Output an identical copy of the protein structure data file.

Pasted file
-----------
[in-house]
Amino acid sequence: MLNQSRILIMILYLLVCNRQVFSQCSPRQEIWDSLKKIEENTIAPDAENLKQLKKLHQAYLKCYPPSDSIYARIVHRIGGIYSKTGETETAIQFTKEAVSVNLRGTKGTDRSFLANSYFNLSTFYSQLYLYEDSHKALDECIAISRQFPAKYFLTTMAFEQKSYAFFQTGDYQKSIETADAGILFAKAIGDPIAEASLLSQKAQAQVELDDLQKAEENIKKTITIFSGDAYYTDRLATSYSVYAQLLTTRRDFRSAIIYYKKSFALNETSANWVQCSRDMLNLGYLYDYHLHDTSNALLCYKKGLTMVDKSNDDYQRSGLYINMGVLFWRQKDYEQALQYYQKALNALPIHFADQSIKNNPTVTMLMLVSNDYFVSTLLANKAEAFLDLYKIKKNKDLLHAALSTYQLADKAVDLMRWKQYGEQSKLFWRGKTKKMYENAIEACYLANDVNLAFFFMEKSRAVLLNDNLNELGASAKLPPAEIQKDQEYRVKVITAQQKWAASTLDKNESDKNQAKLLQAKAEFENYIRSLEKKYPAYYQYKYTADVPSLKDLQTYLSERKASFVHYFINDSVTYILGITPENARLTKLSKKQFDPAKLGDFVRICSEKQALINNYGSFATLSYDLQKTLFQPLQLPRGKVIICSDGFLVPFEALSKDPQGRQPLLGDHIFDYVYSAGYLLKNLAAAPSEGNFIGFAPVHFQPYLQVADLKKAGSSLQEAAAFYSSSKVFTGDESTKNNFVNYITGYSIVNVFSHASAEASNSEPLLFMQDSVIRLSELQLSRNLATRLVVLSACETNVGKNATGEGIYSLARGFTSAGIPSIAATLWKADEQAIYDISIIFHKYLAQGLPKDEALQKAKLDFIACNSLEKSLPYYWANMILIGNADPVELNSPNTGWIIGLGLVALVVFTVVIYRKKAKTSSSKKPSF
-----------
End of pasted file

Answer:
[in-house]
Amino acid sequence: MLNQSRILIMILYLLVCNRQVFSQCSPRQEIWDSLKKIEENTIAPDAENLKQLKKLHQAYLKCYPPSDSIYARIVHRIGGIYSKTGETETAIQFTKEAVSVNLRGTKGTDRSFLANSYFNLSTFYSQLYLYEDSHKALDECIAISRQFPAKYFLTTMAFEQKSYAFFQTGDYQKSIETADAGILFAKAIGDPIAEASLLSQKAQAQVELDDLQKAEENIKKTITIFSGDAYYTDRLATSYSVYAQLLTTRRDFRSAIIYYKKSFALNETSANWVQCSRDMLNLGYLYDYHLHDTSNALLCYKKGLTMVDKSNDDYQRSGLYINMGVLFWRQKDYEQALQYYQKALNALPIHFADQSIKNNPTVTMLMLVSNDYFVSTLLANKAEAFLDLYKIKKNKDLLHAALSTYQLADKAVDLMRWKQYGEQSKLFWRGKTKKMYENAIEACYLANDVNLAFFFMEKSRAVLLNDNLNELGASAKLPPAEIQKDQEYRVKVITAQQKWAASTLDKNESDKNQAKLLQAKAEFENYIRSLEKKYPAYYQYKYTADVPSLKDLQTYLSERKASFVHYFINDSVTYILGITPENARLTKLSKKQFDPAKLGDFVRICSEKQALINNYGSFATLSYDLQKTLFQPLQLPRGKVIICSDGFLVPFEALSKDPQGRQPLLGDHIFDYVYSAGYLLKNLAAAPSEGNFIGFAPVHFQPYLQVADLKKAGSSLQEAAAFYSSSKVFTGDESTKNNFVNYITGYSIVNVFSHASAEASNSEPLLFMQDSVIRLSELQLSRNLATRLVVLSACETNVGKNATGEGIYSLARGFTSAGIPSIAATLWKADEQAIYDISIIFHKYLAQGLPKDEALQKAKLDFIACNSLEKSLPYYWANMILIGNADPVELNSPNTGWIIGLGLVALVVFTVVIYRKKAKTSSSKKPSF